The most famous river in Germany, the Rhine, is lined with a series of factory towns that contribute to the country’s robust economy. It is along the southern banks of a different river. the Moselle, that one of my favorite cities resides…just far enough off the beaten touristic path to feel perfectly undiscovered. Trier, the oldest city in Germany, is home to a cluster of Roman ruins, the northernmost collection in mainland Europe.
Continue reading “Photo Locale of the Month – October 2018”
In many ways, Scandinavia is the best region of Europe in which to travel. It is safe, clean, and progressive. The fish is fresh, the summer days are long, and the green space is plentiful. Finally, the level of spoken English is often better than even, it sometimes seems, what you’ll find in the United States…making travel here a breeze.
Last month’s photo entry about Suomenlinna, near Finland, was only the first blog post about the wonders of the region; a tremendous narrative oversight by yours truly. For August, let us cross the border to the east into Sweden, my favorite country in the region. The coastal town of Kalmar, which ranked number one on my list of the top ten small cities and towns in Europe, is home to one of Scandinavia’s greatest wonders, Kalmar Castle.
Continue reading “Photo Locale of the Month – August 2018”
Ever since I moved to East Tennessee four years ago, I had it on my radar to check out Mammoth Cave National Park, three hours to the west and just 30 miles north of the Tennessee-Kentucky state line. I had long known that the cave system includes the largest-mapped single cave in the world, famous not only for its size but also for such geological features as Frozen Niagara. What I didn’t know was that the national park that manages the cave also includes over 80 miles of hiking trails, dotted with sinkholes and natural springs and rich in native wildlife.
I discovered this first hand six weeks ago.
Continue reading “Four Days in Kaintuck”
July is a terrific month for visiting Scandinavia. For one thing, the long daylight hours mean that sidewalk cafes and public squares bustle as late as 9 p.m. or even later. For another thing, kids are off school, so museums aren’t mobbed with the usual field trip crowds. For another thing still, the weather is quite pleasant in mid-summer, so it makes it easy for those of us who do not hail from there to see why countries such as Norway, Denmark, and Finland rank so high on quality-of-life meters.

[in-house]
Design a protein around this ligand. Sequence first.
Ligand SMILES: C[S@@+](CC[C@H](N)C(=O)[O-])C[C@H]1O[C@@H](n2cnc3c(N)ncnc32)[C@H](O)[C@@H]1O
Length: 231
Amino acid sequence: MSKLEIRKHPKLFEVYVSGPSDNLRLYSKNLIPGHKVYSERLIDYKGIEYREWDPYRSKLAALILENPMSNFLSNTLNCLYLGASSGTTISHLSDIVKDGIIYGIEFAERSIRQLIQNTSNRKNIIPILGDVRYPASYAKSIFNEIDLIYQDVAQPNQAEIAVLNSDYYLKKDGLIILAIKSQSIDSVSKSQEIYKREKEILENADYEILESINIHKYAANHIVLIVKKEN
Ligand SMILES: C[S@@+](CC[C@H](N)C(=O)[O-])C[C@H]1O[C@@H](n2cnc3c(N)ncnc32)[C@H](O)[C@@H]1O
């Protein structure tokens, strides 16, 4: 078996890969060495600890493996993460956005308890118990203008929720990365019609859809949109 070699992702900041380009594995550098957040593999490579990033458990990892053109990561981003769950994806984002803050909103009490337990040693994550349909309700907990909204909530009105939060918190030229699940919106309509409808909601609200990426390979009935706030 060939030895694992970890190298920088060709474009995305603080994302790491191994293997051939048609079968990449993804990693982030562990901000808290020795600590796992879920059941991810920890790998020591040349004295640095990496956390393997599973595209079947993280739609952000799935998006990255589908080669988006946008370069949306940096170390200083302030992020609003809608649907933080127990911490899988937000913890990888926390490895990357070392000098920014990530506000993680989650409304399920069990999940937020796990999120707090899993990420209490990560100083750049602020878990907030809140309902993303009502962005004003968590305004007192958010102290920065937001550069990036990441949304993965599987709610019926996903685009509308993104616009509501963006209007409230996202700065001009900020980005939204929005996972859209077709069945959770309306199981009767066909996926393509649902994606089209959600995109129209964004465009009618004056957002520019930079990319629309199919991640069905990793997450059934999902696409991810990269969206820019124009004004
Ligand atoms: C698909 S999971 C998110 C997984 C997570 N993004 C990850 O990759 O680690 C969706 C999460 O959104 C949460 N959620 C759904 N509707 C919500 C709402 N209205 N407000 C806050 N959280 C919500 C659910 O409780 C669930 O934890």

Take Finland. I had a chance to visit that country’s capital, Helsinki, on part of a much longer trip in 2009 that also included time spent in South Africa, Greece, and Russia. It was early July when I arrived, and except for one rainy day, I had mostly sunny skies and long afternoons rife for exploring at a time of year when the sky didn’t grow dark until 11 p.m. One day even found me taking a dip in the Baltic Sea! (Please don’t try that at home, Loyal Reader.) The highlight was taking a ferry past some of the city’s outlying Susiluodot Islands to its fortress and museum complex of Suomenlinna.
Continue reading “Photo Locale of the Month – July 2018”
Over the past several months, I have shared a series of portraits – staged and unstaged – of people from various ports of call around the world. The last three entries focused on the Eastern Hemisphere, broken down as Africa, Asia, and Europe. For today’s entry, I thought I’d “cross the pond” to North, Central, and South America.
I hope you enjoy the photos in this latest entry in the series, as well as the stories behind them. 🙂
Continue reading “People around the World: The Americas”
China has been in the news a lot recently – and for all the wrong reasons. It seems that China’s current premier, Xi Jinping, continuing the efforts of his predecessor, Hu Jintao, to bring the country into the 21st century, has enraged the U.S.’s own orange Cheeto, one Donald J. Trump, with his bullying stance on trade. Not only that, it has long been suspected that China has sold weapons to dictators like Kim Jong-un and Bashir al-Assad, further infuriating his pompous orangeness.
But forget that for a moment. China, already an old nation when Greece was in its infancy, is a treasure trove of history and sightseeing riches – never moreso than in its ever-changing capital, Beijing, home to Tiananmen Square and the Forbidden City.
Continue reading “Photo Locale of the Month – June 2018”